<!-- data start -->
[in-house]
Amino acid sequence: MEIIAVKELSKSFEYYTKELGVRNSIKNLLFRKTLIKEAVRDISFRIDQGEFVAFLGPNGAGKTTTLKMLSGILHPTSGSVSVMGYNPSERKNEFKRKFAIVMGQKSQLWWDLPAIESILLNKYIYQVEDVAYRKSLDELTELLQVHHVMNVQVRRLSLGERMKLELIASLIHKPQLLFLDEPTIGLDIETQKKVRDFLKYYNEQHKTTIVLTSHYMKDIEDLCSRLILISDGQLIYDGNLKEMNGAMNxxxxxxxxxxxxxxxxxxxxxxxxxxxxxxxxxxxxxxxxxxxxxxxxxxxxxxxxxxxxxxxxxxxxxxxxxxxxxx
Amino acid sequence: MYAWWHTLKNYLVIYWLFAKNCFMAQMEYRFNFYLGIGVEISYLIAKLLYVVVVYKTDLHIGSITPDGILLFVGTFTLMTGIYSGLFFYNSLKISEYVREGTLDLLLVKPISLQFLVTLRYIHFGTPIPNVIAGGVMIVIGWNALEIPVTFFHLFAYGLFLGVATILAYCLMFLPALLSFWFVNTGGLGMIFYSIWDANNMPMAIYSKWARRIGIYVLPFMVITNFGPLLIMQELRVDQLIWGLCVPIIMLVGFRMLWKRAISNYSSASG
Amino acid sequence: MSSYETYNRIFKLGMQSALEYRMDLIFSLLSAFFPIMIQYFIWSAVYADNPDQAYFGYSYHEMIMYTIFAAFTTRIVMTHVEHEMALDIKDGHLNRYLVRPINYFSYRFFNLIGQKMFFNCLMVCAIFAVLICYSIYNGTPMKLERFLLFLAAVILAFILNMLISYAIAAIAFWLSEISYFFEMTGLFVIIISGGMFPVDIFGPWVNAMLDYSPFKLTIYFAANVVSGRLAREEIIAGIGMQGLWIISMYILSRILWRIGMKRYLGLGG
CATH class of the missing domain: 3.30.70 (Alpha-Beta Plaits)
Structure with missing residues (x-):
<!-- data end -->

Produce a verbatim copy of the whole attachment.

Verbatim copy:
[in-house]
Amino acid sequence: MEIIAVKELSKSFEYYTKELGVRNSIKNLLFRKTLIKEAVRDISFRIDQGEFVAFLGPNGAGKTTTLKMLSGILHPTSGSVSVMGYNPSERKNEFKRKFAIVMGQKSQLWWDLPAIESILLNKYIYQVEDVAYRKSLDELTELLQVHHVMNVQVRRLSLGERMKLELIASLIHKPQLLFLDEPTIGLDIETQKKVRDFLKYYNEQHKTTIVLTSHYMKDIEDLCSRLILISDGQLIYDGNLKEMNGAMNxxxxxxxxxxxxxxxxxxxxxxxxxxxxxxxxxxxxxxxxxxxxxxxxxxxxxxxxxxxxxxxxxxxxxxxxxxxxxx
Amino acid sequence: MYAWWHTLKNYLVIYWLFAKNCFMAQMEYRFNFYLGIGVEISYLIAKLLYVVVVYKTDLHIGSITPDGILLFVGTFTLMTGIYSGLFFYNSLKISEYVREGTLDLLLVKPISLQFLVTLRYIHFGTPIPNVIAGGVMIVIGWNALEIPVTFFHLFAYGLFLGVATILAYCLMFLPALLSFWFVNTGGLGMIFYSIWDANNMPMAIYSKWARRIGIYVLPFMVITNFGPLLIMQELRVDQLIWGLCVPIIMLVGFRMLWKRAISNYSSASG
Amino acid sequence: MSSYETYNRIFKLGMQSALEYRMDLIFSLLSAFFPIMIQYFIWSAVYADNPDQAYFGYSYHEMIMYTIFAAFTTRIVMTHVEHEMALDIKDGHLNRYLVRPINYFSYRFFNLIGQKMFFNCLMVCAIFAVLICYSIYNGTPMKLERFLLFLAAVILAFILNMLISYAIAAIAFWLSEISYFFEMTGLFVIIISGGMFPVDIFGPWVNAMLDYSPFKLTIYFAANVVSGRLAREEIIAGIGMQGLWIISMYILSRILWRIGMKRYLGLGG
CATH class of the missing domain: 3.30.70 (Alpha-Beta Plaits)
Structure with missing residues (x-):